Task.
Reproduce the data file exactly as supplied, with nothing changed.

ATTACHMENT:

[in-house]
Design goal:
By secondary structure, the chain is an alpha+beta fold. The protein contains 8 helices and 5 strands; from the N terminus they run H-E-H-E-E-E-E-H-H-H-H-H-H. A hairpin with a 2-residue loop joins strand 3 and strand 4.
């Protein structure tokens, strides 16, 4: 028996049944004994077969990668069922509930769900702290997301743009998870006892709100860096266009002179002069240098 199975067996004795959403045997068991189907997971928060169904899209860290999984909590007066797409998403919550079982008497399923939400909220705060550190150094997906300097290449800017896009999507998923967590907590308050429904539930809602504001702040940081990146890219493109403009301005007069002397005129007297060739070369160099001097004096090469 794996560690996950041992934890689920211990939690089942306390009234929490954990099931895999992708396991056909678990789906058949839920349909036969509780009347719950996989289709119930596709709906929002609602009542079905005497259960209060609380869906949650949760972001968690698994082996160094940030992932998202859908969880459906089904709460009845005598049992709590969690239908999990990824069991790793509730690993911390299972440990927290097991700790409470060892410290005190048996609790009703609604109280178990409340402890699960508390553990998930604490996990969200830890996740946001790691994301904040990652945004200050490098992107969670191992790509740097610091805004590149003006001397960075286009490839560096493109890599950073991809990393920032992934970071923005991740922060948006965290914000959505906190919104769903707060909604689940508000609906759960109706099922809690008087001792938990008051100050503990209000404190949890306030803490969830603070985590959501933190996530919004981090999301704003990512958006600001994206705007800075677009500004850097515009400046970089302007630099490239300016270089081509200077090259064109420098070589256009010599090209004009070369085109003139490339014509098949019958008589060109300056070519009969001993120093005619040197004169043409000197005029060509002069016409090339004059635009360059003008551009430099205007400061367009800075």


[in-house]
Design goal:
By secondary structure, the chain is an alpha+beta fold. The protein contains 8 helices and 5 strands; from the N terminus they run H-E-H-E-E-E-E-H-H-H-H-H-H. A hairpin with a 2-residue loop joins strand 3 and strand 4.
């Protein structure tokens, strides 16, 4: 028996049944004994077969990668069922509930769900702290997301743009998870006892709100860096266009002179002069240098 199975067996004795959403045997068991189907997971928060169904899209860290999984909590007066797409998403919550079982008497399923939400909220705060550190150094997906300097290449800017896009999507998923967590907590308050429904539930809602504001702040940081990146890219493109403009301005007069002397005129007297060739070369160099001097004096090469 794996560690996950041992934890689920211990939690089942306390009234929490954990099931895999992708396991056909678990789906058949839920349909036969509780009347719950996989289709119930596709709906929002609602009542079905005497259960209060609380869906949650949760972001968690698994082996160094940030992932998202859908969880459906089904709460009845005598049992709590969690239908999990990824069991790793509730690993911390299972440990927290097991700790409470060892410290005190048996609790009703609604109280178990409340402890699960508390553990998930604490996990969200830890996740946001790691994301904040990652945004200050490098992107969670191992790509740097610091805004590149003006001397960075286009490839560096493109890599950073991809990393920032992934970071923005991740922060948006965290914000959505906190919104769903707060909604689940508000609906759960109706099922809690008087001792938990008051100050503990209000404190949890306030803490969830603070985590959501933190996530919004981090999301704003990512958006600001994206705007800075677009500004850097515009400046970089302007630099490239300016270089081509200077090259064109420098070589256009010599090209004009070369085109003139490339014509098949019958008589060109300056070519009969001993120093005619040197004169043409000197005029060509002069016409090339004059635009360059003008551009430099205007400061367009800075």